Document Shows The CIA Recruited Top Quantum Physicist To Help Them Figure Out How UFOs Work

The CIA has a long history of putting resources toward studying this phenomenon, as well as putting forth efforts to investigate what other countries know about it as well. For example, another unclassified document outlines:

The Emergence of the CIA

The United States was the last of the major powers to establish a civilian intelligence agency responsible for the collection of secret information for policy makers. Indeed, prior to 1942 the country lacked any civilian intelligence agency. Information was collected in an unsystematic way by the Office of Naval Intelligence, by U.S. Army intelligence, and by the FBI. The information gathered was rarely shared with other government agencies and was sometimes not even provided to senior policy makers. For example, because of rivalries between army and navy intelligence offices, which did not want to jeopardize the “security” of their information, U.S. Pres. Franklin D. Roosevelt was not given sensitive information about Japan in the months before the Japanese attacked Pearl Harbor in December 1941.

In June 1942 Roosevelt created the OSS to bring together the fragmented and uncoordinated strands of U.S. foreign intelligence gathering in a single organization. A similar office for this purpose, the Office of the Coordinator of Information, created in July 1941, had floundered as the result of hostile pressure from the State Department, the military intelligence services, and the FBI. William J. (“Wild Bill”) Donovan, who had spurred Roosevelt into creating an information agency, became head of the OSS upon its founding and was largely responsible for building the organization and for improving its ability to perform economic and political intelligence analysis for senior policy makers. (Roosevelt described Donovan as a man who had 100 new ideas a day, of which 95 were terrible—though he added that few men had 5 good ideas in their lifetimes. Donovan supported the use of exotic poisons against enemy targets and once proposed the use of bats to deliver incendiary weapons against Japan.)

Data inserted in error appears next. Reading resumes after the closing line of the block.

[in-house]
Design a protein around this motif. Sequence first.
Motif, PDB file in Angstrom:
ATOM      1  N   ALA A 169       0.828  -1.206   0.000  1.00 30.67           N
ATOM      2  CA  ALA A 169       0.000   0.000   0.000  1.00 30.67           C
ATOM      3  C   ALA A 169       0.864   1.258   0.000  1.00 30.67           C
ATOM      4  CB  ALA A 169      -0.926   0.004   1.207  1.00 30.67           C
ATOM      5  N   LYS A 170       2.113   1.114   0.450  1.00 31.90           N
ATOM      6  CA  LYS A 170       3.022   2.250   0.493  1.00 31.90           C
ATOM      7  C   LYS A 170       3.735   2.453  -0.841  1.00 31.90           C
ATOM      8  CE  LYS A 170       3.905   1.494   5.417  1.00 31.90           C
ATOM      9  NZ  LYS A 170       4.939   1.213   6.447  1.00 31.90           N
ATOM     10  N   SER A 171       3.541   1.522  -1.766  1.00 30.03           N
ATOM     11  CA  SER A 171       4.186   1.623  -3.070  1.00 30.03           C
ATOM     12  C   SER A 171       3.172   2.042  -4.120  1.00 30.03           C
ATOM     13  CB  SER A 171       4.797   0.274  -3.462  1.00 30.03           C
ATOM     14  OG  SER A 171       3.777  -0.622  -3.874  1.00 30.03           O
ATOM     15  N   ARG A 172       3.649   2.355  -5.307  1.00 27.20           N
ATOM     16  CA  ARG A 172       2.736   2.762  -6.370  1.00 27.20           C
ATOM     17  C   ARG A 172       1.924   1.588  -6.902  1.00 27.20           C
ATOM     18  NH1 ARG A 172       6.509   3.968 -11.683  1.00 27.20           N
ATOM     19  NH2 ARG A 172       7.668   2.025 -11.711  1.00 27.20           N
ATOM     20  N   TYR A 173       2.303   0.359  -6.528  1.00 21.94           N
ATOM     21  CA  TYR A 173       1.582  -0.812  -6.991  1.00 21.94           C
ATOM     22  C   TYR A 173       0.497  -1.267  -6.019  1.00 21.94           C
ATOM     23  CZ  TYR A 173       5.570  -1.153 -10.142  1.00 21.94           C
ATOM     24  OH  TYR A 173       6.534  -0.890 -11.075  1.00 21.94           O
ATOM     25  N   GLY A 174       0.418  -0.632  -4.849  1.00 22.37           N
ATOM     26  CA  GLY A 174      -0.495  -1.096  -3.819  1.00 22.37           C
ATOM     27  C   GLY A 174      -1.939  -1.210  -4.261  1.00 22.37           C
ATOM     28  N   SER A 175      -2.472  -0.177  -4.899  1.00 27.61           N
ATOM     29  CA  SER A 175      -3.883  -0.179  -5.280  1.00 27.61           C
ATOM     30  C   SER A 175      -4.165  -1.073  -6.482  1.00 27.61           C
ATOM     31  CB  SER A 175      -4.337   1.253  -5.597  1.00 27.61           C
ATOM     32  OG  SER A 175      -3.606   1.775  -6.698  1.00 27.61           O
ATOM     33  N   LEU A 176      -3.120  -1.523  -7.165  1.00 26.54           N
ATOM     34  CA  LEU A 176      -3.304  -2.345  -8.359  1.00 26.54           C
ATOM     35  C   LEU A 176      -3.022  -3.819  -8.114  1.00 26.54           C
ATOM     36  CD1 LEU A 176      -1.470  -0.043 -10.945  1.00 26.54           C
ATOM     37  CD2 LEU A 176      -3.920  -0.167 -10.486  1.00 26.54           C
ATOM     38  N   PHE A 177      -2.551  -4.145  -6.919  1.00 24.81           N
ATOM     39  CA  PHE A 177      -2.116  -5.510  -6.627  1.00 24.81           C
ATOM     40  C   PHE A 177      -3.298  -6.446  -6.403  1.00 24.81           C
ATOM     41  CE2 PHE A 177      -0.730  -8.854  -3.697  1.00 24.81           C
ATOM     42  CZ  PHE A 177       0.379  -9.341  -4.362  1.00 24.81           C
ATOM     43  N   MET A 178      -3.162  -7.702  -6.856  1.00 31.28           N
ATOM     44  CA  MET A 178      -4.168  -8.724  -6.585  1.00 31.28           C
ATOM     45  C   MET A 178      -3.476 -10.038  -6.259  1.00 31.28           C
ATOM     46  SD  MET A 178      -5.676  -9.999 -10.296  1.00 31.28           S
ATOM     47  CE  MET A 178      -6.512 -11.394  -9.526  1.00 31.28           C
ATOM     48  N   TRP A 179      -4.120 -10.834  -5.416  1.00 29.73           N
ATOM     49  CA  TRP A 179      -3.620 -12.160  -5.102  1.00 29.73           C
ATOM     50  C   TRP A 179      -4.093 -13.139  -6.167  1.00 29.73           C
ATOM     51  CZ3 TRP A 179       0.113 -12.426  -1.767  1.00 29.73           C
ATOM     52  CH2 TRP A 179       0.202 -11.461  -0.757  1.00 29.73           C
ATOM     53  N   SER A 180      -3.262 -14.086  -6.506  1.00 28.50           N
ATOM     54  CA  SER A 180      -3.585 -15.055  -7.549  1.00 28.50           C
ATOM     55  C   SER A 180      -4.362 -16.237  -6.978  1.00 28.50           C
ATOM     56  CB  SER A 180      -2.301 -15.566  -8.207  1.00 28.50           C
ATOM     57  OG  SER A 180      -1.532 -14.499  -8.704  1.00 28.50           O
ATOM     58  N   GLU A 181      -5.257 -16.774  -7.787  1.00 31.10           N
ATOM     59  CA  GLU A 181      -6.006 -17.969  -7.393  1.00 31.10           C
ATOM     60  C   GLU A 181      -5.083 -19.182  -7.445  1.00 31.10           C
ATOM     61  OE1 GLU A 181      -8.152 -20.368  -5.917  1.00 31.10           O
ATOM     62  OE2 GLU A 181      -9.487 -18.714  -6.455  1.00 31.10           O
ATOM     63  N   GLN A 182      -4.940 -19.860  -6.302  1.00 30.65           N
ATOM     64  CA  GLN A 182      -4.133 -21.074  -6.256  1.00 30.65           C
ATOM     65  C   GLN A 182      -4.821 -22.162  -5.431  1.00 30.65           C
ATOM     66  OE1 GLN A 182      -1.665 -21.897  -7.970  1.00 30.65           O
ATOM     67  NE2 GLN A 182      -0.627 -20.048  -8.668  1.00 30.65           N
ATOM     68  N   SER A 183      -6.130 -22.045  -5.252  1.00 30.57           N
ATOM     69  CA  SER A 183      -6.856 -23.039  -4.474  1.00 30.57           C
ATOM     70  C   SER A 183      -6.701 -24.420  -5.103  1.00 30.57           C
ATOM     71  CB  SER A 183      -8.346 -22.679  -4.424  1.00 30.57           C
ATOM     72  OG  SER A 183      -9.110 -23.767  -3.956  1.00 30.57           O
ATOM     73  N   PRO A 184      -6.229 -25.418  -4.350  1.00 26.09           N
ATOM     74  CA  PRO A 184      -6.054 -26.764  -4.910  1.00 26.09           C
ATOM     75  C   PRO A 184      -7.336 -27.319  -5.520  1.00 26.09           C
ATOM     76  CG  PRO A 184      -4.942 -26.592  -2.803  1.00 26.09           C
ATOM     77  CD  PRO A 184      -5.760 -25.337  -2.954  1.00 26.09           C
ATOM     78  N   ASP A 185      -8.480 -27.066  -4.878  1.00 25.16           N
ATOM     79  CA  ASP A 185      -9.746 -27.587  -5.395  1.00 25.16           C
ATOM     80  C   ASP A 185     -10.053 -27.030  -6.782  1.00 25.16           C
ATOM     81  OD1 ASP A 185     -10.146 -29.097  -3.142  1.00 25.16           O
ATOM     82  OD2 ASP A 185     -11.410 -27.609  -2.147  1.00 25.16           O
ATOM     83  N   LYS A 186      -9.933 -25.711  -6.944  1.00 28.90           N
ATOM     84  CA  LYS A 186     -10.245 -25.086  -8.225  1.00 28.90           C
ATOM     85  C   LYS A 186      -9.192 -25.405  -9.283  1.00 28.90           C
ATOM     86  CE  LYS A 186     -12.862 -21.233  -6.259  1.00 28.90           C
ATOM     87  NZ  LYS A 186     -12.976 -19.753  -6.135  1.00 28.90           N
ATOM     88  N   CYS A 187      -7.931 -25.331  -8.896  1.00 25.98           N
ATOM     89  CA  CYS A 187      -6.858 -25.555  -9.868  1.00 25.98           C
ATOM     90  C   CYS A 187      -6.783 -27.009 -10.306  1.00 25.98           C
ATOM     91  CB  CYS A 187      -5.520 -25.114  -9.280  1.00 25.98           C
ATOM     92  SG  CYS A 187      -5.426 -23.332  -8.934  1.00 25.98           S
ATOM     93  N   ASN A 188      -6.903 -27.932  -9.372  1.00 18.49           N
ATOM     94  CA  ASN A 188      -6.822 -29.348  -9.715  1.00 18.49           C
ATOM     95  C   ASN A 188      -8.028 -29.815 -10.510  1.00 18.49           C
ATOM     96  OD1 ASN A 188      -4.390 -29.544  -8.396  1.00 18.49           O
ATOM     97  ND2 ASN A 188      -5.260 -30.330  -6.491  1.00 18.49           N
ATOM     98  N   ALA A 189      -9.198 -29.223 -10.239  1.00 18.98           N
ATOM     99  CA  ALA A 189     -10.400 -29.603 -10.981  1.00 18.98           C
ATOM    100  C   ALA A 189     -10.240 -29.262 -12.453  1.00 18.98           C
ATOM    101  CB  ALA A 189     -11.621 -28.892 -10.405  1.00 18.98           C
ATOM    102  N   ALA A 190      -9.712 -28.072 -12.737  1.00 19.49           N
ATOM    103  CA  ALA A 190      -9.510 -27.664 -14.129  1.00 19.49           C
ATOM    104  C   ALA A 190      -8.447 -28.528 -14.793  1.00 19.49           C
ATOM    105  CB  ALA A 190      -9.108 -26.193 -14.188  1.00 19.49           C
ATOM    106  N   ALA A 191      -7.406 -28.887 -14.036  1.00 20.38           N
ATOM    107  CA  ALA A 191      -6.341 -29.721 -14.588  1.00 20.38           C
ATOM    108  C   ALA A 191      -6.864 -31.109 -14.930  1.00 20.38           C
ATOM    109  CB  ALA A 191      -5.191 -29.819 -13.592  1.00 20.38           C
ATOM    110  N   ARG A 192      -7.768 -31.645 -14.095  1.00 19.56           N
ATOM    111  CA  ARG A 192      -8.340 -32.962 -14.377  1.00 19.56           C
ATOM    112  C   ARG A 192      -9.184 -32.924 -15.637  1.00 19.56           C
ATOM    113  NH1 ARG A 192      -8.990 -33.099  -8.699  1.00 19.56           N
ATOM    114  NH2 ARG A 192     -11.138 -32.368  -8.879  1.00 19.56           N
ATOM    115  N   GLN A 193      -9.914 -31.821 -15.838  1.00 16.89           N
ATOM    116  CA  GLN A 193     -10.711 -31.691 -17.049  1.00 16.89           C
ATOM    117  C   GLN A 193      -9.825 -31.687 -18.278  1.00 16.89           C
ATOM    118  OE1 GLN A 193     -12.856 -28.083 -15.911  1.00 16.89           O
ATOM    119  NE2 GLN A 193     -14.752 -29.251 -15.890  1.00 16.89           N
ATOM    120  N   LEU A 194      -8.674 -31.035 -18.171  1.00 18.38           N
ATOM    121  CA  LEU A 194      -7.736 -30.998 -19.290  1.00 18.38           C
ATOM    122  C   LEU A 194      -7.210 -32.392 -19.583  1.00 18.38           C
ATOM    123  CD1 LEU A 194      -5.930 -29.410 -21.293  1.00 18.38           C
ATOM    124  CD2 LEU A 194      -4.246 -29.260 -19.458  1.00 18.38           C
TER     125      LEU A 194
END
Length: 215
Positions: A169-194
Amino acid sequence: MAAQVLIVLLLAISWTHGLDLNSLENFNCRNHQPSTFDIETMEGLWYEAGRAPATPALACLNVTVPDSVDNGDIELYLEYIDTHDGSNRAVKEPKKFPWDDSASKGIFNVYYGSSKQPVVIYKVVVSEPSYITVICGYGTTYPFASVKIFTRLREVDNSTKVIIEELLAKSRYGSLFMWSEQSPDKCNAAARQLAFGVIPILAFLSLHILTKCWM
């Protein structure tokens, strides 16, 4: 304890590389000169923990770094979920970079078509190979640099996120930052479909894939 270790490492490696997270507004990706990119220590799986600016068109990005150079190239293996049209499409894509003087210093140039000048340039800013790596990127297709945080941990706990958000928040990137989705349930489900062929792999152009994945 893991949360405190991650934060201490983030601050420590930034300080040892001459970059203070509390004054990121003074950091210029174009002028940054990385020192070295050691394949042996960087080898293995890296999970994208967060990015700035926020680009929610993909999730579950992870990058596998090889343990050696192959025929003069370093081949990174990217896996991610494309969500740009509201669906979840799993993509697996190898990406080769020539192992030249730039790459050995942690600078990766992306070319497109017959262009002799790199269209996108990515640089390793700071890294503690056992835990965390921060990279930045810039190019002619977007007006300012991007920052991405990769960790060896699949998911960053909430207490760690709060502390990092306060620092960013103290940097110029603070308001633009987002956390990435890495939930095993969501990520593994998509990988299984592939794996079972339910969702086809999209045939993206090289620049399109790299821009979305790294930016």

During World War II the OSS, with a staff of approximately 12,000, collected and analyzed information on areas of the world in which U.S. military forces were operating. It used agents inside Nazi-occupied Europe, including Berlin; carried out counterpropaganda and disinformation activities; produced analytical reports for policy makers; and staged “special operations” (e.g., sabotage and demolition) behind enemy lines to support guerrillas and resistance fighters.

Before the Allied invasion of Normandy in June 1944, more than 500 OSS agents were working inside occupied France. Among reports commissioned from the OSS were assessments of German industry and war-making capability and a psychological profile of German dictator Adolf Hitler that concluded that he would likely commit suicide should Germany be defeated. Under Donovan’s capable, if unorthodox, direction, the OSS was remarkably effective, despite the initial inexperience of most of its personnel. Its successes notwithstanding, the OSS was dismantled at the conclusion of the war.